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October 2015: Top downloaded paper

Journal of Archaeological Science

Congratulations to Dr Angela Lamb and colleagues on their top downloaded open access article on Science Direct since January 2014:

Lamb, A.L., Evans, J.E., Buckley. R., Appleby, J. 2014. Multi-isotope analysis demonstrates significant lifestyle changes in King Richard III. Journal of Archaeological Science, 50, 559-565.

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October 2015: The Urbino Summer School in Paleoclimatology… by PhD students Hennie Detlef and Amy Sparkes

USSP Field Trip.

From 15th July to 1st August, 71 students from all over the world came together in the small town of Urbino, Italy to attend the 12th Urbino Summer School in Paleoclimatology (USSP). Here Hennie Detlef and Amy Sparkes tell us about their experiences of the summer school...

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October 2015: Learning to Drill... by Jonathan Dean

Drilling platform on Lake Prespa.

Jonathan Dean from the Stable Isotope Facility at the British Geological Survey has just returned from a lake drilling training course in the Republic of Macedonia. Here he discusses what he learnt...

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September 2015: 20th QRA Annual International Postgraduate Symposium... by Jack Lacey

Symposium group photo outside the Scott Polar Institute, Cambridge.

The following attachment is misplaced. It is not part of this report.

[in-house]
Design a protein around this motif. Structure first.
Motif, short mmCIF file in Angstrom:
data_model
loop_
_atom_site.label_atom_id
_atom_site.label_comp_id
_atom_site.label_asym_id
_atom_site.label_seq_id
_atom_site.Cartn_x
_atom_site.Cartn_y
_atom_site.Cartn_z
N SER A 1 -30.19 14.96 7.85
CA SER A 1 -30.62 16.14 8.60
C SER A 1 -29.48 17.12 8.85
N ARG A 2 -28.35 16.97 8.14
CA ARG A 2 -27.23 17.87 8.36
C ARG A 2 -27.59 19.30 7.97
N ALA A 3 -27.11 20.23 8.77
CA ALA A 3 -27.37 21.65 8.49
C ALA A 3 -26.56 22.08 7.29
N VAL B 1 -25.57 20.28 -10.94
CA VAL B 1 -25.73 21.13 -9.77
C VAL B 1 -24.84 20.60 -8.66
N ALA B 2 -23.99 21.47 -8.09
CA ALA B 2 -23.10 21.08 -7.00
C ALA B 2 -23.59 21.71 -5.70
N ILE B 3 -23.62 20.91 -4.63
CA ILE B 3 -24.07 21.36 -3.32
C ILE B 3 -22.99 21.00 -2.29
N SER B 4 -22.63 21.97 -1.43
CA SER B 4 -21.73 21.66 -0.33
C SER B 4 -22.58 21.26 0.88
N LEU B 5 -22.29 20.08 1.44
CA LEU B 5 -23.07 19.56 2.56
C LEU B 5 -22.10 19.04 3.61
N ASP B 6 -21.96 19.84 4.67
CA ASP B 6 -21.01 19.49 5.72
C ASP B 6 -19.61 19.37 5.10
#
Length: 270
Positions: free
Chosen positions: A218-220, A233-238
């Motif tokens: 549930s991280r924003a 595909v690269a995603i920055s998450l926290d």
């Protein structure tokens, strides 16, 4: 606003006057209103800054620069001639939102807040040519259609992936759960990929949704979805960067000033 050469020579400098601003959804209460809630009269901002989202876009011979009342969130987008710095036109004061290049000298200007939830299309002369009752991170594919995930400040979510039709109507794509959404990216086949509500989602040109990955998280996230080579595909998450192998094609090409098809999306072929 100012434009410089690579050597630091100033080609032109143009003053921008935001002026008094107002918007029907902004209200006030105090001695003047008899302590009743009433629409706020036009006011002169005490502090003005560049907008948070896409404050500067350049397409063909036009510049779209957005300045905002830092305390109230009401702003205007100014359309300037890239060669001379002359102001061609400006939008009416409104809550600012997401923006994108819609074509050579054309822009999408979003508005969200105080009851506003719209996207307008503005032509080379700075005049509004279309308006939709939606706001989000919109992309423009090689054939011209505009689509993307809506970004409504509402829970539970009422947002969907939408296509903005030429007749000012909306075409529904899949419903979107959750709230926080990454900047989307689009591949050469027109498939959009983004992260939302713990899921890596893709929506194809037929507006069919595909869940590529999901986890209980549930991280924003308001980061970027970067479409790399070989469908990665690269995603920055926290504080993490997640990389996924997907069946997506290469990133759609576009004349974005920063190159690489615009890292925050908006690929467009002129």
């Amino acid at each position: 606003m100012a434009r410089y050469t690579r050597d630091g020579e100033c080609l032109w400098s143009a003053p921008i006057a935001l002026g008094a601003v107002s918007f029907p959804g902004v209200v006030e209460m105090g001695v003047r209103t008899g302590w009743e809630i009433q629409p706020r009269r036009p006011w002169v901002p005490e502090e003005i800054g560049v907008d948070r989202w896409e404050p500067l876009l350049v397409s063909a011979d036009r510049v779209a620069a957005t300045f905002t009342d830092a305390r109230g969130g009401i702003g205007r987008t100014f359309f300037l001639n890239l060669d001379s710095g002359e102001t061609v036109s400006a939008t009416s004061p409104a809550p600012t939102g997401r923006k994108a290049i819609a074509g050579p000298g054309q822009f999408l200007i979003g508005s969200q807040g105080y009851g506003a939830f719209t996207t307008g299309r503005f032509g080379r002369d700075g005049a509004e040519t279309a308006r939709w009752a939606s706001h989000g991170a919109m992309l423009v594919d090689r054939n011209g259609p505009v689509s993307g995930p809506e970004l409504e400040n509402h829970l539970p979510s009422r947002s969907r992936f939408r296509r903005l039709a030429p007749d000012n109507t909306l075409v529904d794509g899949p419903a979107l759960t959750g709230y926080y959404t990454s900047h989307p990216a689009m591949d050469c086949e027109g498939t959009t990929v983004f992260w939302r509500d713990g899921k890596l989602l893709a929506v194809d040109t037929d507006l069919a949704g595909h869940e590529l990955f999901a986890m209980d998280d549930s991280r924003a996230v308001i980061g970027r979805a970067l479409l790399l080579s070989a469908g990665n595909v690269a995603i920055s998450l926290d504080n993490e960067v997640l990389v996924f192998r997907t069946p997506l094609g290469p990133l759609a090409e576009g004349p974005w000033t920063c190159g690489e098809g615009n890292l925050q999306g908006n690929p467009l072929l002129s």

In early September, the Quaternary Research Association (QRA) hosted their annual symposium exclusively for postgraduate (PhD and MSc) students at the University of Cambridge. Over 45 delegates from 24 universities presented and discussed their diverse research on the Quaternary (the most recent period of geological time covering the last 2.6 million years) from sites around the world covering ice, land and sea. Here Jack Lacey tells us more about the meeting...

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August 2015: Drilling into the Bowland Shale... by Joe Emmings

Joe in the field acquiring Bowland Shale samples from outcrop with the help of a hand-held core drill.

Joe Emmings is a field geologist and a first year PhD student at the University of Leicester and the BGS. Joe’s PhD research is on the Carboniferous-aged Bowland Shale in the UK. The Bowland shale is a target for shale gas generation through hydraulic fracturing. Joe’s research is not concerned with hydraulic fracturing but he does want to understand more about the origin and type of organic matter contained within the shales, here he tells us more about his project...

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August 2015: Geoscience Work Experience at the BGS... by Sixth Form students Will Atkin and Ellie Glover

From left to right: Ellie, Martha Sefton (another student who was here for two days working with us) and Will in the clean laboratory.

This week, two 6th form students carried out some work experience at BGS in Keyworth. Will Atkin, from Loughborough, and Ellie Glover, from Newcastle upon Tyne, worked within the Stable Isotope Facility. Here they tell us a little bit about what they were up to...

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August 2015: Fieldwork to investigate human induced changes on important Asian wetlands... by Prof Melanie Leng

Suzanne McGowan, Melanie Leng and Ginni Pannizo (left to right taking cores of sediment from Tasik Chini.